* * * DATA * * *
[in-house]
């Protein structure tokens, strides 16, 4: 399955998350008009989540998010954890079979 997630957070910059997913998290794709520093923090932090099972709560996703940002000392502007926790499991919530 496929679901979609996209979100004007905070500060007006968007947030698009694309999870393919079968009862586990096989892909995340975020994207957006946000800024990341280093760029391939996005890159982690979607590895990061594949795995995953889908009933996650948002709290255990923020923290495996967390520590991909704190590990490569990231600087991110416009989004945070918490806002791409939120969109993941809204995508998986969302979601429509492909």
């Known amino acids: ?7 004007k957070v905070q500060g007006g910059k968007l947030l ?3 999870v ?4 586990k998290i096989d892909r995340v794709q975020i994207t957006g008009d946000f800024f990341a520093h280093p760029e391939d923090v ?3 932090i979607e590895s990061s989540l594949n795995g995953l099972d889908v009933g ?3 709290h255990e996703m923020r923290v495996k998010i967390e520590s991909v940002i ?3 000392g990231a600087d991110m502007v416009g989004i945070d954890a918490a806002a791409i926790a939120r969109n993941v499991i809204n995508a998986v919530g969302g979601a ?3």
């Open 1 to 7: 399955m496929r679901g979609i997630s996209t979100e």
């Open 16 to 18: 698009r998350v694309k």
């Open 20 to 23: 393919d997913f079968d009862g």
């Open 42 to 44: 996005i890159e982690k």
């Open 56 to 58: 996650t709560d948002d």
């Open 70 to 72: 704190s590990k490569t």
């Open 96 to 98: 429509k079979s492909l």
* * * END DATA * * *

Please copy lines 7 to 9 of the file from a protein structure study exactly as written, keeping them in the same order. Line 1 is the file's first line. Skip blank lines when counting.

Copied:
């Open 42 to 44: 996005i890159e982690k």
């Open 56 to 58: 996650t709560d948002d």
């Open 70 to 72: 704190s590990k490569t």